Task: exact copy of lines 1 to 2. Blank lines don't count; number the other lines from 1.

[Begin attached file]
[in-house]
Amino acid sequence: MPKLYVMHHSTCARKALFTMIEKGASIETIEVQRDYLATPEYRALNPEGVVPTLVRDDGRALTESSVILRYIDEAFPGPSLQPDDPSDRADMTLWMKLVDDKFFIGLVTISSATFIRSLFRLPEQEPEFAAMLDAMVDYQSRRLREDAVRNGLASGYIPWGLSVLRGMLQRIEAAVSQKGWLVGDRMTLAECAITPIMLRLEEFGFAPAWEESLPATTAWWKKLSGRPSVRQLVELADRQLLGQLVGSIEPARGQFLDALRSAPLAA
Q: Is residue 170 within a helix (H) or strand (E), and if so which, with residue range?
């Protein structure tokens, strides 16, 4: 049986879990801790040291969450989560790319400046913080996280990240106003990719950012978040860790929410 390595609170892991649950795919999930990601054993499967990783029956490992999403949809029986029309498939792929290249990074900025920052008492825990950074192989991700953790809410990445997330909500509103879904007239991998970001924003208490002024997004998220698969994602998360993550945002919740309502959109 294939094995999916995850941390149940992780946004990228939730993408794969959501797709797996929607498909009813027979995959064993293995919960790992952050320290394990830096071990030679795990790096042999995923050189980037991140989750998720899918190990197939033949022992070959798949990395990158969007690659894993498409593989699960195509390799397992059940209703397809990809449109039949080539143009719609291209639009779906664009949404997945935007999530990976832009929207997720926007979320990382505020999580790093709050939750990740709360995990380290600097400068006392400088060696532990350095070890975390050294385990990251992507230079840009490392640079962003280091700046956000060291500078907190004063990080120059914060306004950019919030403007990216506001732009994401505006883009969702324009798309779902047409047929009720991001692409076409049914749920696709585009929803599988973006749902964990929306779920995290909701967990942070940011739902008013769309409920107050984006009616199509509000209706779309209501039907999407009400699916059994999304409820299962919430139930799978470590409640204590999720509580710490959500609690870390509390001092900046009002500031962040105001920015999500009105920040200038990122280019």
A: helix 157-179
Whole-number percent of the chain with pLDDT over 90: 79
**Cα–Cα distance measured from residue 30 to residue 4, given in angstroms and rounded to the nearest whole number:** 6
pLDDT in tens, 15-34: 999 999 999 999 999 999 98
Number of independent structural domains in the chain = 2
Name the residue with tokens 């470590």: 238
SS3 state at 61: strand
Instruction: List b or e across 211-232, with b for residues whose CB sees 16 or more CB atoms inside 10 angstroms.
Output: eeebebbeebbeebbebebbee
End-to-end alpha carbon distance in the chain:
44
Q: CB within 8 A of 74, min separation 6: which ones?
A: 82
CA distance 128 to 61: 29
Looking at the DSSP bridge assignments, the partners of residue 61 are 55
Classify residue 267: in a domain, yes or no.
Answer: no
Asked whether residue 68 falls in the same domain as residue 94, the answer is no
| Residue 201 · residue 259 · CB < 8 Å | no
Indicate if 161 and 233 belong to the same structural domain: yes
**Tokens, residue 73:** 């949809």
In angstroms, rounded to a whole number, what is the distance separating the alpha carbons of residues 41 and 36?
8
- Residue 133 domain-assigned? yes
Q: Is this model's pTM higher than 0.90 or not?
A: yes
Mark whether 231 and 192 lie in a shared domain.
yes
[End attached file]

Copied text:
[in-house]
Amino acid sequence: MPKLYVMHHSTCARKALFTMIEKGASIETIEVQRDYLATPEYRALNPEGVVPTLVRDDGRALTESSVILRYIDEAFPGPSLQPDDPSDRADMTLWMKLVDDKFFIGLVTISSATFIRSLFRLPEQEPEFAAMLDAMVDYQSRRLREDAVRNGLASGYIPWGLSVLRGMLQRIEAAVSQKGWLVGDRMTLAECAITPIMLRLEEFGFAPAWEESLPATTAWWKKLSGRPSVRQLVELADRQLLGQLVGSIEPARGQFLDALRSAPLAA